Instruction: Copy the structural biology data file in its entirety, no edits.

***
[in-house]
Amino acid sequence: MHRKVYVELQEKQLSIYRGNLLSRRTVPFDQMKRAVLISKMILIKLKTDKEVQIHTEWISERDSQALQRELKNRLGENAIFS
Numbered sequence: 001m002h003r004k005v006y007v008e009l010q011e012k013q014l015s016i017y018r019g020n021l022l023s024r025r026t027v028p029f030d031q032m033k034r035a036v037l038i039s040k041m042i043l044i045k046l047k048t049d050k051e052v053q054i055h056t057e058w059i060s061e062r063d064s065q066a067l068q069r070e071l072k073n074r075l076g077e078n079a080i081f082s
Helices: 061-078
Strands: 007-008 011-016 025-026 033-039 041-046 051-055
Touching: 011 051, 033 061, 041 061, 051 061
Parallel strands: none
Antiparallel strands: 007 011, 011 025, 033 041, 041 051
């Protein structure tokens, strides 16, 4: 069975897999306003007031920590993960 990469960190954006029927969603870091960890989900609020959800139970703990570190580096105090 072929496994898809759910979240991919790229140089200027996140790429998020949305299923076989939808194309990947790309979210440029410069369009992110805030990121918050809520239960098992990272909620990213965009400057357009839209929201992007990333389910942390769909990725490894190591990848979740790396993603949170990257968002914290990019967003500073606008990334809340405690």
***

[in-house]
Amino acid sequence: MHRKVYVELQEKQLSIYRGNLLSRRTVPFDQMKRAVLISKMILIKLKTDKEVQIHTEWISERDSQALQRELKNRLGENAIFS
Numbered sequence: 001m002h003r004k005v006y007v008e009l010q011e012k013q014l015s016i017y018r019g020n021l022l023s024r025r026t027v028p029f030d031q032m033k034r035a036v037l038i039s040k041m042i043l044i045k046l047k048t049d050k051e052v053q054i055h056t057e058w059i060s061e062r063d064s065q066a067l068q069r070e071l072k073n074r075l076g077e078n079a080i081f082s
Helices: 061-078
Strands: 007-008 011-016 025-026 033-039 041-046 051-055
Touching: 011 051, 033 061, 041 061, 051 061
Parallel strands: none
Antiparallel strands: 007 011, 011 025, 033 041, 041 051
């Protein structure tokens, strides 16, 4: 069975897999306003007031920590993960 990469960190954006029927969603870091960890989900609020959800139970703990570190580096105090 072929496994898809759910979240991919790229140089200027996140790429998020949305299923076989939808194309990947790309979210440029410069369009992110805030990121918050809520239960098992990272909620990213965009400057357009839209929201992007990333389910942390769909990725490894190591990848979740790396993603949170990257968002914290990019967003500073606008990334809340405690």